I’ve been successful in managing the goats leaving the kids on them.  The cow has been a different story.  Before she calves again, I need to figure out a way to manage it.  As I understand it, the best thing to do is to teach the calf to lead before it is two weeks old and to tether it near where you milk the cow.  When you finish milking the cow, you lead the calf to the cow and let it nurse.  Unfortunately, Auggie is way too big (and wild) to teach to lead or tether and this morning he was out (again!) and this time, he was in with Gwen.  Of course he drank the milk I was going to get this morning and it was difficult getting Gwen up to the milk parlor.  I have been accustomed to using Gel to move cows and calves, but I think leading would be a much less stressful means of moving them.

In light of Auggie’s continual escaping and Gwen’s craziness over him, we’ve decided to go ahead and sell him and roll that money (which won’t be much, Jersey steer calves are not worth much) into hay, grain (and maybe a battery for the ATV) and in a month or so, get another bottle calf and practice leading and tethering with it so we’ll have the method perfected for when she calves again.  If all goes well and we are able to get Gwen bred in May or June of this year to Bullet, she’ll calf in the spring of 2012 and we’ll need to rebreed her 60 to 90 days later.  If we got a bull calf in February, it would be well old enough to breed her at that time and hopefully will be a well-mannered beast.  I think the thought of keeping Bullet for two seasons is wishful thinking.  While our fencing is okay, it probably isn’t secure enough to hold a two+ year old bull.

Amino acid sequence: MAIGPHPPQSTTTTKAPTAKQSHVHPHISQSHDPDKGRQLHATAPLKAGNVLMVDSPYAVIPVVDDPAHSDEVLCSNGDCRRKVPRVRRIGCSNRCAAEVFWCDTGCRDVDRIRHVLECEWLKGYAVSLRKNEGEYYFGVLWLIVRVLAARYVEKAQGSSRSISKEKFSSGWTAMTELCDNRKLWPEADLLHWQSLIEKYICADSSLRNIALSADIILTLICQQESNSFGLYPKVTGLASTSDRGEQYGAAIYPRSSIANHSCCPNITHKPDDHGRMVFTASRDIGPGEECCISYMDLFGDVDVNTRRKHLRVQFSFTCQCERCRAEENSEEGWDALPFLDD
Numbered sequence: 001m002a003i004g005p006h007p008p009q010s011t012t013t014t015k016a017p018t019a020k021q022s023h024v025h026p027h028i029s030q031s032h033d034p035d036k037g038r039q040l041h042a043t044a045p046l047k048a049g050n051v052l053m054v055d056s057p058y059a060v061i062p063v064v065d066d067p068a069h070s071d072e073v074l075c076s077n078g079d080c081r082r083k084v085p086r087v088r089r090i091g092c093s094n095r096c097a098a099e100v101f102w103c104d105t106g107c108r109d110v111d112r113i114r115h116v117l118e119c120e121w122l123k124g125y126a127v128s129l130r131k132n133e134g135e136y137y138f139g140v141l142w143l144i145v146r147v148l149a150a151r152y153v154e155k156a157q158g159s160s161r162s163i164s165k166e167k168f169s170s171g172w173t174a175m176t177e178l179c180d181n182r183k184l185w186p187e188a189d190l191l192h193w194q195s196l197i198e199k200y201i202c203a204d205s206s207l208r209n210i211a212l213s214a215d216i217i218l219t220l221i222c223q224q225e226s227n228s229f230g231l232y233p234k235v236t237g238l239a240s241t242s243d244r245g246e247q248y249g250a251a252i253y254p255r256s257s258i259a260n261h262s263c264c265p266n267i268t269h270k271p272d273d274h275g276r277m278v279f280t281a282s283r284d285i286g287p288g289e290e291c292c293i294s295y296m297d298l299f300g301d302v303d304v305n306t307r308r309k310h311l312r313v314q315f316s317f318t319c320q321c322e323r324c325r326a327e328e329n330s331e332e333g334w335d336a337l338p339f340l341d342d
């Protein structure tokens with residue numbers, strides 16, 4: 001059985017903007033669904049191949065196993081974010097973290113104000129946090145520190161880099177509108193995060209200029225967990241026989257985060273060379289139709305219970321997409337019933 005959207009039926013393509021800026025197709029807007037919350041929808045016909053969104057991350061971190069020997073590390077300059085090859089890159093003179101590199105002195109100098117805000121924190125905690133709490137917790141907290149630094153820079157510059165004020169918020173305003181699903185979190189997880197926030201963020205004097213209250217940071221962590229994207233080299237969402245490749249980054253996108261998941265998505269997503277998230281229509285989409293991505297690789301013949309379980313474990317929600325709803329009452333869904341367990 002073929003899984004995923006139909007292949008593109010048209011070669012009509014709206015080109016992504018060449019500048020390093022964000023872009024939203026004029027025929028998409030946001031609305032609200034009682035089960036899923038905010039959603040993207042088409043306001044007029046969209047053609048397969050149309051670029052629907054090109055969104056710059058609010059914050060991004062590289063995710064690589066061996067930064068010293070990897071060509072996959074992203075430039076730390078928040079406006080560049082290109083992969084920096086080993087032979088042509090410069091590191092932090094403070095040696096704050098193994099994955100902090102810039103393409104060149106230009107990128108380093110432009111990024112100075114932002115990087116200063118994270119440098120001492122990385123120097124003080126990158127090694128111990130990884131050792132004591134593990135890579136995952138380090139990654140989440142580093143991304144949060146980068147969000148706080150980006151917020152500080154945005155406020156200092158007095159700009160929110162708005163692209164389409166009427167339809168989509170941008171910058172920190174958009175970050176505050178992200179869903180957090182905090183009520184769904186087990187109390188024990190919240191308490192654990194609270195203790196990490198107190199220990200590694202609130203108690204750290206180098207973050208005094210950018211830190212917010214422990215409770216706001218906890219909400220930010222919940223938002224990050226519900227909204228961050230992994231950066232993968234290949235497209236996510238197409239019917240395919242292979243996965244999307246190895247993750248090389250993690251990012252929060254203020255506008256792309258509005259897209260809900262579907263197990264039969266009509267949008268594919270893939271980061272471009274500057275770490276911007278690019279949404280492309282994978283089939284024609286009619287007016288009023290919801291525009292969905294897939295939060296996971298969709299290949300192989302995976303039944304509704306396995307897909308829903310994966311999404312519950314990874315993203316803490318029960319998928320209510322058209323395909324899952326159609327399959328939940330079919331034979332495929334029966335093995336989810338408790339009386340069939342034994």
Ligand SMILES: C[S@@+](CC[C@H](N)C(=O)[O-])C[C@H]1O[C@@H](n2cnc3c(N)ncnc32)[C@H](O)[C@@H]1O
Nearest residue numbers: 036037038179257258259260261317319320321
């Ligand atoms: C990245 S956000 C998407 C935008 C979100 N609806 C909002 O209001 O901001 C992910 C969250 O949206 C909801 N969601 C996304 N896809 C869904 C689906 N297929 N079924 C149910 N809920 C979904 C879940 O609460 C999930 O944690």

Plans, plans, plans.

Yesterday, I sold Fern’s buck baby as a bottle baby.  Lots of people love to raise bottle goats.  We sold two last year and I am still in touch with those people and they still have the goats.  Fern kept leaving the baby and we’d find him shivering.  She didn’t seem to realize that she was supposed to keep track of him herself.  She did well last year with her twin daughters so I don’t know what the problem is this year.  Maybe it’s because it was a single.  Now I’ll be milking her twice a day.

I need to go out shortly and pick a bucket of greens for a client, deliver them, go to the bank, make a run to Lowes and then get back here and try to get some more planting done.  There are numerous seeds I need to get in the ground between February 1 and the 15th so I need to get the beds ready.  All that needs to be done with two of them is getting more dirt in the beds.

Better get going and get stuff done.

Until later …